Lincoln Park

Lincoln Park Garage Being Torn Down After Years of Neighbors' Complaints

NBC Universal, Inc.

Contractors began to demolish a garage in Chicago's Lincoln Park neighborhood Tuesday after neighbors say they've complained for years about the danger the unsafe structure posed to the community.

Neighbors surrounding a home in the 1900 block of North Dayton Street said they've complained several times about the garage that looked like it could collapse at any moment, pressing the city to take action.

"Every day I come out of my garage and I open my door and wonder, has the garage come down yet or not?" Anjana Dalal said when NBC 5 Investigates visited the address in May.

When NBC 5 surveyed the property four months ago, a cedar deck covering the garage hung perilously toward the property next door, pushing against utility lines. Overgrown plants sprouted from a planter above and a notice posted in March had declared the garage "a public safety threat, presenting an actual and imminent danger to the public."

"The garage could have collapsed. No question," John Maki, who lives in the house next door, said Wednesday. Maki said he watched as the structure leaned over onto his garage, prompting him to make multiple complaints to the city over the years.

"People were just kind of, I think angry but also confused about why this was allowed to happen," Maki said, indicating that he believed it shouldn't have taken so long for the city to take action.

"It took six years and a story from you," he said. "If this is all indicative of response times, Chicago government has a real set of problems."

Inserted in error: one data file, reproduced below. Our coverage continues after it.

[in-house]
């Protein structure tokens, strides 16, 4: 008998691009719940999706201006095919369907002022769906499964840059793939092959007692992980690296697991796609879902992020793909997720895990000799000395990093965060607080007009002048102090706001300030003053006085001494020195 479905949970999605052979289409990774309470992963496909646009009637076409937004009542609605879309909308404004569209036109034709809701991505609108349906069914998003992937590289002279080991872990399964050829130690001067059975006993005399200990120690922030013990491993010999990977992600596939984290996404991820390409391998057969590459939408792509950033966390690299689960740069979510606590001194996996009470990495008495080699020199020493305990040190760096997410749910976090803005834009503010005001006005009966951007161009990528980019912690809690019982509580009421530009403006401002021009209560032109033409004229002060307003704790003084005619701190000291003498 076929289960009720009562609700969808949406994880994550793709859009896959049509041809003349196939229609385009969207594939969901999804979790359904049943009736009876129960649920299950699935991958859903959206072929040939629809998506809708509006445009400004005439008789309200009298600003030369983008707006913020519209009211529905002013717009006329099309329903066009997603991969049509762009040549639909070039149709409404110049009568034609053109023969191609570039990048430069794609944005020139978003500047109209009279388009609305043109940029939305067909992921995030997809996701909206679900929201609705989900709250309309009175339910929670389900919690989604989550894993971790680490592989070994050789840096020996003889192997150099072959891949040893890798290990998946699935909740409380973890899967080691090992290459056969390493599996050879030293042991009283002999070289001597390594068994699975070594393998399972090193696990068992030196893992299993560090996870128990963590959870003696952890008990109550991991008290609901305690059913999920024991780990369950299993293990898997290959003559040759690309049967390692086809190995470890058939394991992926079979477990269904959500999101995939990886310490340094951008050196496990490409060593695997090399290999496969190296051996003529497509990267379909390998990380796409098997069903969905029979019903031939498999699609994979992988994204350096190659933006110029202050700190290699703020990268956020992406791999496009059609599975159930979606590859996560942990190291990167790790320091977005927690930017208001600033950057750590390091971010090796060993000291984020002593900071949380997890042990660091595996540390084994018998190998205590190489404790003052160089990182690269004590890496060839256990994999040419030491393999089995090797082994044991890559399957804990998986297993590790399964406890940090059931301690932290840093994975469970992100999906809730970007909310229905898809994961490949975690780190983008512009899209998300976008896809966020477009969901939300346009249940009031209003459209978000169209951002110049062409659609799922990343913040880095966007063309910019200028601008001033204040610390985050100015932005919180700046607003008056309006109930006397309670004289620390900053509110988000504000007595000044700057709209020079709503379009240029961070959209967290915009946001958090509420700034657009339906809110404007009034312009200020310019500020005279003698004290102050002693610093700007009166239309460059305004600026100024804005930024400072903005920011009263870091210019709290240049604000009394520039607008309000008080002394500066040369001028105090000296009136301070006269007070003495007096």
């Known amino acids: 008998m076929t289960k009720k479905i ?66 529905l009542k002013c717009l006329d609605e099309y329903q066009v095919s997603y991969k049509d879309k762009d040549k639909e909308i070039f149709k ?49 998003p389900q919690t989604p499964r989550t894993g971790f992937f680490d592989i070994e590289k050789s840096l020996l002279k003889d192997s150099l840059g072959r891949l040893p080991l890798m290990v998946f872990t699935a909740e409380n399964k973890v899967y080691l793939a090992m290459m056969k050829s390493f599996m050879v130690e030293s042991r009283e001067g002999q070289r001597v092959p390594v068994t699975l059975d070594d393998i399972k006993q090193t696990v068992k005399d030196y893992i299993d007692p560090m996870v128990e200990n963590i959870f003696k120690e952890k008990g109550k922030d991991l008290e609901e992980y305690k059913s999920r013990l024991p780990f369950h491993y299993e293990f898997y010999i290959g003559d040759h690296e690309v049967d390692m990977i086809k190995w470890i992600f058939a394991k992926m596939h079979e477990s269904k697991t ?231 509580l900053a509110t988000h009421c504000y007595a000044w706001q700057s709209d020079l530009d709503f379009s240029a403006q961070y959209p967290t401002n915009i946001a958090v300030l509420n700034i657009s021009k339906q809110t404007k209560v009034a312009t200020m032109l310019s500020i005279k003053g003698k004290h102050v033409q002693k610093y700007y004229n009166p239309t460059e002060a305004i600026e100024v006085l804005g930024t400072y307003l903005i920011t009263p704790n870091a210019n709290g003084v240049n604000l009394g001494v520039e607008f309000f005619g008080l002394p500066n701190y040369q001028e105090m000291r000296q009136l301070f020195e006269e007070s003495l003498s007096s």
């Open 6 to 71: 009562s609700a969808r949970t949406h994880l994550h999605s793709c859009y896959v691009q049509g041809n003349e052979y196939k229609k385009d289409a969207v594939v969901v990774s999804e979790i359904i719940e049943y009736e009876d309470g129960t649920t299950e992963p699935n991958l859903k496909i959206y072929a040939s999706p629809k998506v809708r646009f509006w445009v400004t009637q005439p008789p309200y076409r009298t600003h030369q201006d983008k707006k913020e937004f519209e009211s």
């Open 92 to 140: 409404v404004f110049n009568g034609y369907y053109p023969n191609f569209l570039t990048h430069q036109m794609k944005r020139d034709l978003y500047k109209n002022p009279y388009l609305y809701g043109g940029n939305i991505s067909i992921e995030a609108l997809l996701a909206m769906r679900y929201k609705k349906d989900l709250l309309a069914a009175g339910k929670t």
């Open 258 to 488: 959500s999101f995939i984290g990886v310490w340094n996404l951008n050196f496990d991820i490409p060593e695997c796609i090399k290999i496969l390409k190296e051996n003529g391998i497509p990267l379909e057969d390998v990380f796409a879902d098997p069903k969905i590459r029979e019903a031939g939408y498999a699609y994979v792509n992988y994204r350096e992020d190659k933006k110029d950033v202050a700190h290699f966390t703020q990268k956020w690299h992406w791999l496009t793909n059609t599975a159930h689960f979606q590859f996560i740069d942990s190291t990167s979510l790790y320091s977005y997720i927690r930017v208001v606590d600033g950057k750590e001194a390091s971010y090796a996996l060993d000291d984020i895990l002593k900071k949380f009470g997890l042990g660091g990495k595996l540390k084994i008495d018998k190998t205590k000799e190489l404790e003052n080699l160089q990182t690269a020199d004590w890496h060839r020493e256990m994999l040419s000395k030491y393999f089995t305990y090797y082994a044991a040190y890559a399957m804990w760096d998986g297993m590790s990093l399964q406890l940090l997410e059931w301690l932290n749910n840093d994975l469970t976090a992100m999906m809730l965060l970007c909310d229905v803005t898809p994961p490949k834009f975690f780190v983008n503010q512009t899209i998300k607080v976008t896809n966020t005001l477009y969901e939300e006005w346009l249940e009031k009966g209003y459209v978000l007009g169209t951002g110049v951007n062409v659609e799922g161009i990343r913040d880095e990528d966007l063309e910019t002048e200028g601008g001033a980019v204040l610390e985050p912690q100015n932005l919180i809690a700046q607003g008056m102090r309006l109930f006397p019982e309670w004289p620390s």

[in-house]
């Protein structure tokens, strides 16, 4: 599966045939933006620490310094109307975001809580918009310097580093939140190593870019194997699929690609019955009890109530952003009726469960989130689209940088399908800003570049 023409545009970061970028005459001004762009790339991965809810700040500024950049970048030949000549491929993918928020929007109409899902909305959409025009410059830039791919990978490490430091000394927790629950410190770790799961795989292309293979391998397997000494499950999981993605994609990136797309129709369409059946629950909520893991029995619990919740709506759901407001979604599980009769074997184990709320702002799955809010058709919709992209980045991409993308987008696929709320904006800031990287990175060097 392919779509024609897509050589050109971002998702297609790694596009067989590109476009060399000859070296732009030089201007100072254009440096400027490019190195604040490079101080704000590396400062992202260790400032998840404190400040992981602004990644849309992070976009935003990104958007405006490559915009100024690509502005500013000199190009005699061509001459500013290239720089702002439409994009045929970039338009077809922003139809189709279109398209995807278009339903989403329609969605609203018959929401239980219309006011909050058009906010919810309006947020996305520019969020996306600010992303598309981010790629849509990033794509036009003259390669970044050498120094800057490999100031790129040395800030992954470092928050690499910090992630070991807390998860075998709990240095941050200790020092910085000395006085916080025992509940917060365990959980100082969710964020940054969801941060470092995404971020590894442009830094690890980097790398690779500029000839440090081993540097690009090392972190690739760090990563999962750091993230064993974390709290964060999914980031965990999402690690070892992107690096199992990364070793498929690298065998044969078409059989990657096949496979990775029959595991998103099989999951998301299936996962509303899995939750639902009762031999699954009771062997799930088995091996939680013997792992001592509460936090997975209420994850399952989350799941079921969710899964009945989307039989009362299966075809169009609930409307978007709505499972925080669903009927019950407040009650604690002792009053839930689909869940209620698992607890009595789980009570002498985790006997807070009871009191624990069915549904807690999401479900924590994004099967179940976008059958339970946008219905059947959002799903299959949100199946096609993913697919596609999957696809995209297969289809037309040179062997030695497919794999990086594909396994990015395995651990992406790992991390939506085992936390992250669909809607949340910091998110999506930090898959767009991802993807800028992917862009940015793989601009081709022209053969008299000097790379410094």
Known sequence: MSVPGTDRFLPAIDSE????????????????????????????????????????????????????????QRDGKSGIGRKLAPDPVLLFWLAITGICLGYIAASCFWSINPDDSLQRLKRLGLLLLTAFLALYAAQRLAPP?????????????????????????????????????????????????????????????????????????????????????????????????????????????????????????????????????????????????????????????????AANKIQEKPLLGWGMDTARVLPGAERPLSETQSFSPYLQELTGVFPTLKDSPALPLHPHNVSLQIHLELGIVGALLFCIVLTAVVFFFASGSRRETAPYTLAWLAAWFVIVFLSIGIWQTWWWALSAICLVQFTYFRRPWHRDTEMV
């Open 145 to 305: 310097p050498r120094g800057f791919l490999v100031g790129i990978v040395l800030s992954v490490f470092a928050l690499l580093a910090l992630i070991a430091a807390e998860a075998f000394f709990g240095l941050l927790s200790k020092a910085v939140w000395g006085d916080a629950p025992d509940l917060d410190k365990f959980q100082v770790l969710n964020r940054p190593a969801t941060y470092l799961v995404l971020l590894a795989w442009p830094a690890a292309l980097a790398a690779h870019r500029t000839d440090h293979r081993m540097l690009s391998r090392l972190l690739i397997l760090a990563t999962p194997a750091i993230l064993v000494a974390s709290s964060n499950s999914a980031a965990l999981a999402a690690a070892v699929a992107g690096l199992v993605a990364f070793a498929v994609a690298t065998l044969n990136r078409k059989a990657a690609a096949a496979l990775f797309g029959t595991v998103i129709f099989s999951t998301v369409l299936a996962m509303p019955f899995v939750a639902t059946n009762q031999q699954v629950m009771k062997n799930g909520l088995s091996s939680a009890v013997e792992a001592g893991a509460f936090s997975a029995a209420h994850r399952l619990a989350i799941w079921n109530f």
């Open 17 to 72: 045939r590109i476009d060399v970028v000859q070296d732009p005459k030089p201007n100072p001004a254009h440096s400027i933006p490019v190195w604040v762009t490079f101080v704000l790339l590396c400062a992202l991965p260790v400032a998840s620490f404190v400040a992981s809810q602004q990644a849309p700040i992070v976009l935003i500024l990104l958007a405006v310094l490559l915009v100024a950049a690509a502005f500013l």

In tonight's NBC 5 Investigates, Phil Rogers shares the story of a Lincoln Park garage that has sparked plenty of controversy, with neighbors demanding the city take action on what they consider a hazard.

In May, the city said officials were working with the homeowner to rectify the issue. City records indicate the property was at one time brought into demolition court, which a spokesman for the Department of Buildings said earlier this year had been rectified after the homeowner agreed to certain remedial actions.

The homeowner, who asked not to be identified, said Wednesday that she had hired contractors of her own accord to take down the structure in part because she "got sick and tired of little pissants bothering" her.

She added that she's "always" worked with the city on the issue and that the city workers were "very professional" in her dealings with them. She also emphasized that "building code violations are between the homeowner and the city," adding, "It is no one else's business."

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